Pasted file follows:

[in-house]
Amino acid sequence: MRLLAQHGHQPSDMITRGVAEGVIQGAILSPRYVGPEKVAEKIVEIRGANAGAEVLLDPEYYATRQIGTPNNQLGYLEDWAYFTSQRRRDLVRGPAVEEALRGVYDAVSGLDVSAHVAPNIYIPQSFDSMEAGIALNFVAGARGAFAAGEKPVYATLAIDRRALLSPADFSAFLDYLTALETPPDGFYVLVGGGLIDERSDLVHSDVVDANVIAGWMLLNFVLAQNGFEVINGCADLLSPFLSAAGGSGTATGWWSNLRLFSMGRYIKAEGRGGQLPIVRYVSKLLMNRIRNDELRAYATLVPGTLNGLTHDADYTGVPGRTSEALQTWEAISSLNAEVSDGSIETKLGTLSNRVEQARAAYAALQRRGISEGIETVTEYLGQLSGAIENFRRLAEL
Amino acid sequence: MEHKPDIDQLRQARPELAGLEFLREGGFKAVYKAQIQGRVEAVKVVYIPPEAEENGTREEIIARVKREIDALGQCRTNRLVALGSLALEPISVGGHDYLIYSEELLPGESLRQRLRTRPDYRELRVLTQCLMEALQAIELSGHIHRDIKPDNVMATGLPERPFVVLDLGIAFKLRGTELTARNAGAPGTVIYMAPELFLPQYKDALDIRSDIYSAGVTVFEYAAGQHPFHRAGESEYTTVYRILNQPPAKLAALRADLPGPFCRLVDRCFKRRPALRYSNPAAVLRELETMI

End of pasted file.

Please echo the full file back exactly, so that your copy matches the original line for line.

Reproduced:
[in-house]
Amino acid sequence: MRLLAQHGHQPSDMITRGVAEGVIQGAILSPRYVGPEKVAEKIVEIRGANAGAEVLLDPEYYATRQIGTPNNQLGYLEDWAYFTSQRRRDLVRGPAVEEALRGVYDAVSGLDVSAHVAPNIYIPQSFDSMEAGIALNFVAGARGAFAAGEKPVYATLAIDRRALLSPADFSAFLDYLTALETPPDGFYVLVGGGLIDERSDLVHSDVVDANVIAGWMLLNFVLAQNGFEVINGCADLLSPFLSAAGGSGTATGWWSNLRLFSMGRYIKAEGRGGQLPIVRYVSKLLMNRIRNDELRAYATLVPGTLNGLTHDADYTGVPGRTSEALQTWEAISSLNAEVSDGSIETKLGTLSNRVEQARAAYAALQRRGISEGIETVTEYLGQLSGAIENFRRLAEL
Amino acid sequence: MEHKPDIDQLRQARPELAGLEFLREGGFKAVYKAQIQGRVEAVKVVYIPPEAEENGTREEIIARVKREIDALGQCRTNRLVALGSLALEPISVGGHDYLIYSEELLPGESLRQRLRTRPDYRELRVLTQCLMEALQAIELSGHIHRDIKPDNVMATGLPERPFVVLDLGIAFKLRGTELTARNAGAPGTVIYMAPELFLPQYKDALDIRSDIYSAGVTVFEYAAGQHPFHRAGESEYTTVYRILNQPPAKLAALRADLPGPFCRLVDRCFKRRPALRYSNPAAVLRELETMI